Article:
The next morning, Molly rose early to bake the muffins. As she took the baking powder out of the pantry, Esther, the matchmaker, called.
“Sorry, bad news,” Esther said.
“Huh?” The words caused Molly’s heart to pound.
“It’s not happening. Dena is busy.”
“Busy? Why did you suggest her if she was busy?”
“I wish I could let you see one day of my life. You can’t imagine how many calls I get. I can’t keep track.”
“But aren’t you supposed to know if a girl is available?”
“I wish I could. Until someone invents an app for it, I can’t. There’s just no way for me to keep track.”
Molly furrowed her brow. Esther’s tone was unconvincing.
“Is she really busy or is it something about us?”
“Don’t go there. Just accept it. It’s just not bashert. Forget it. Forget it.” Esther was shouting.
“How? What if I meet Evelyn Maisels in the elevator?”
“Forget about it. It’s not for you, but a thought has come to me. I’ve got a sixth sense about this. It’s not me, of course. Hashem gave me a gift. Do you know how many matches I’ve made? 200 and I’m not counting.”
Molly frowned and took a long sip of coffee. It sounded like Esther was offering her a consolation prize.
“I can feel this one coming through. Have you heard the name Ayelet Gold? You may know the family, Ellie and Shmuely Gold. Big yichus. Thirty generations of rabbis. The family tree in their living room takes up the whole wall.”
Asher would like that. “And she’s a Bais Basya girl.”
“I wanted to send Bella there.”
Molly had dreamed of Bais Basya for her only daughter. At Bais Basya, the girls were encouraged to verbalize their questions, no matter how outrageous. Bella didn’t make the cut; she was barely treading water at Bais Rinah.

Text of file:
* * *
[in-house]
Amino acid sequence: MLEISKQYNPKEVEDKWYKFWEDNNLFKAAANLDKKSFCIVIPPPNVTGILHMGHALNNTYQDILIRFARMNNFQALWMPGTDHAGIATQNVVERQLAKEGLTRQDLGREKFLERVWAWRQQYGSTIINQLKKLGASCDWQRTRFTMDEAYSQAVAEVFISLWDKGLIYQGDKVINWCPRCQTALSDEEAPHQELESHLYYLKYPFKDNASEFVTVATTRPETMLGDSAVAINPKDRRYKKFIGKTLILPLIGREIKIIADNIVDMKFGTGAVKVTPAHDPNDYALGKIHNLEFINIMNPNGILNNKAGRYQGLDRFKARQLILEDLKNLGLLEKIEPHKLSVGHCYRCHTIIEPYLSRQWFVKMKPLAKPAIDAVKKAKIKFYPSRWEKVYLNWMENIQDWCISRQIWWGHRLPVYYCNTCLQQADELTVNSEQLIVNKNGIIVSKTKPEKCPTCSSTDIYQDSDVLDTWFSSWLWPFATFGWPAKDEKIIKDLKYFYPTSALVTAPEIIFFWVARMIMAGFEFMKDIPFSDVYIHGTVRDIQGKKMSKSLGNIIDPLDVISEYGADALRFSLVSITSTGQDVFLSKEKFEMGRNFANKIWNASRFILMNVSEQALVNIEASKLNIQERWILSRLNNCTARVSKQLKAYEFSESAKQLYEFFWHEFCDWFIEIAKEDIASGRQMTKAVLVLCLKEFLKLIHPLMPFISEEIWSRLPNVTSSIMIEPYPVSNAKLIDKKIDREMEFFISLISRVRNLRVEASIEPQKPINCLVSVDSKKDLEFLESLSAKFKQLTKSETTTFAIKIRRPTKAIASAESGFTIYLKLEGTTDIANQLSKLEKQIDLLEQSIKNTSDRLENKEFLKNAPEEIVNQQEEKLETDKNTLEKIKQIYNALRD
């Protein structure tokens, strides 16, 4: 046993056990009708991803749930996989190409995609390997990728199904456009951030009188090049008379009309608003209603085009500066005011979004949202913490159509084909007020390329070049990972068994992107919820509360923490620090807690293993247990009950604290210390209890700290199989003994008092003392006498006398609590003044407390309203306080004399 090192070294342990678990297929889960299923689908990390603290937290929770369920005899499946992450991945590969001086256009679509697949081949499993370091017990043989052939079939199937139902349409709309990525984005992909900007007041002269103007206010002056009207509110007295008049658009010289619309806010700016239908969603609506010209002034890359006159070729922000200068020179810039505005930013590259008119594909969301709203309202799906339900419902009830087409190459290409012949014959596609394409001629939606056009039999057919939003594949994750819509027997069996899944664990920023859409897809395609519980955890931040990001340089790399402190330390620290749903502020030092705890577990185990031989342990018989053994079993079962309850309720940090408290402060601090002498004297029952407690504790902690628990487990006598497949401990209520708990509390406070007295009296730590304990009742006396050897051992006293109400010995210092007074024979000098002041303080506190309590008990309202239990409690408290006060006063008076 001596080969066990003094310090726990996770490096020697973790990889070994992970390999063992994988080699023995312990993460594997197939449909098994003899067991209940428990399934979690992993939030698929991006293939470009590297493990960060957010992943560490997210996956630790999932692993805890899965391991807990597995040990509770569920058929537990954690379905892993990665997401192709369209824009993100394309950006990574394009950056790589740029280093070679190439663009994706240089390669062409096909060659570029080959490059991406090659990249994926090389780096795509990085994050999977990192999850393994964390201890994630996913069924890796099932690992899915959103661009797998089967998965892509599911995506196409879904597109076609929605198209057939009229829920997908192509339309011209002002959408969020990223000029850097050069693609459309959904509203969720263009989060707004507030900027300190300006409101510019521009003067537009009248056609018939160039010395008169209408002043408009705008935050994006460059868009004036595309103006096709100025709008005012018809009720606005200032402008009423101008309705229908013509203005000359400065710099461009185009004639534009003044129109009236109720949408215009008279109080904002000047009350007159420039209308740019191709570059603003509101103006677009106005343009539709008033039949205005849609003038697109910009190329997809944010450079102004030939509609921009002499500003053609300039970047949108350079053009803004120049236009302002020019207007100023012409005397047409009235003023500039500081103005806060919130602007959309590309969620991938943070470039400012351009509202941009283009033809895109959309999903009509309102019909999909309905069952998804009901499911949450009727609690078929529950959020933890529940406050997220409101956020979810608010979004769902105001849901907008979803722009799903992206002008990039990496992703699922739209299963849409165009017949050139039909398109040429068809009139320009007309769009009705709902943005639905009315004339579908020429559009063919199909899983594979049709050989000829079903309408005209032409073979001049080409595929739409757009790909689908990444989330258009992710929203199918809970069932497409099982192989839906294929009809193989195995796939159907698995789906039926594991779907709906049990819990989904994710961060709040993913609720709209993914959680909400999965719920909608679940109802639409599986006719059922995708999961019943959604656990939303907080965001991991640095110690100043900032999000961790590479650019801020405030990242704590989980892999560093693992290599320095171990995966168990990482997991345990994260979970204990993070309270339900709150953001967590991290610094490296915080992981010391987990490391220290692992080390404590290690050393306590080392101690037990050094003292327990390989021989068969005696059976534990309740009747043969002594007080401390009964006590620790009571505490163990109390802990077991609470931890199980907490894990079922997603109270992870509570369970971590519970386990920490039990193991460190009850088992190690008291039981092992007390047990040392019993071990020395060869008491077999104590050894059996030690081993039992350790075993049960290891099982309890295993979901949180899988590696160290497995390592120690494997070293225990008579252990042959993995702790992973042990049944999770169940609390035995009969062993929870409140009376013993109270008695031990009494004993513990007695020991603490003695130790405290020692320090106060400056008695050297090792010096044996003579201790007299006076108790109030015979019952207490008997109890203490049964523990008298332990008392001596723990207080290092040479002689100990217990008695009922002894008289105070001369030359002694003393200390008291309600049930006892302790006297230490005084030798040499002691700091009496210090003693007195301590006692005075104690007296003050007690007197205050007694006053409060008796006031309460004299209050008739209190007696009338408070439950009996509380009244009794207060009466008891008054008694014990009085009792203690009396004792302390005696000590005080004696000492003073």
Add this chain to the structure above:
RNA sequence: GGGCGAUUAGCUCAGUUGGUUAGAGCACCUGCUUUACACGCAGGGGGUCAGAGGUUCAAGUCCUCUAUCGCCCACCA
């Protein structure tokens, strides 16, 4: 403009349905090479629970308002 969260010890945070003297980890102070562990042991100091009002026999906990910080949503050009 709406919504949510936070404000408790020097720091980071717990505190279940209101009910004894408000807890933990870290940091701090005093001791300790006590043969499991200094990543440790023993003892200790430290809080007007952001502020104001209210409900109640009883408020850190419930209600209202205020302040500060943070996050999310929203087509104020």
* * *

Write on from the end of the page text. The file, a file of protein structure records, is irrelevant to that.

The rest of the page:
“Are the Golds English speakers?” Molly asked.
Though she’d lived in Israel for more than a quarter of a century, she lived among other English-speaking immigrants.
“Mom is from Cleveland, Dad is from Cincinnati.”
“Oh, I’m so relieved. It’s not that I don’t speak Hebrew, I just can’t imagine Israeli in-laws. Their mentality is just so different.”
“I get it. Now grab a pen. I’m going to read out the references.”
References? This conversation was getting even stranger. Why did one need references for love, for marriage?
As Esther dictated the long list of names and phone numbers of Ayelet’s teachers, friends, and neighbors, Molly scribbled it all down, like an obedient schoolgirl.
“I’m sure you’ll be impressed.”
“What do I do with all this information?”
“You call them and ask them anything you want to know about Ayelet.”
Molly’s mouth opened. “Are you telling me to call people that the Golds don’t know?”
“Trust me. Everybody does this.”
Matchmaking went on all the time. Hardly a day passed that the Tumims’ mailbox didn’t hold a wedding invitation. Molly had regarded it as a natural process, like birth or death. She had no idea how it was done.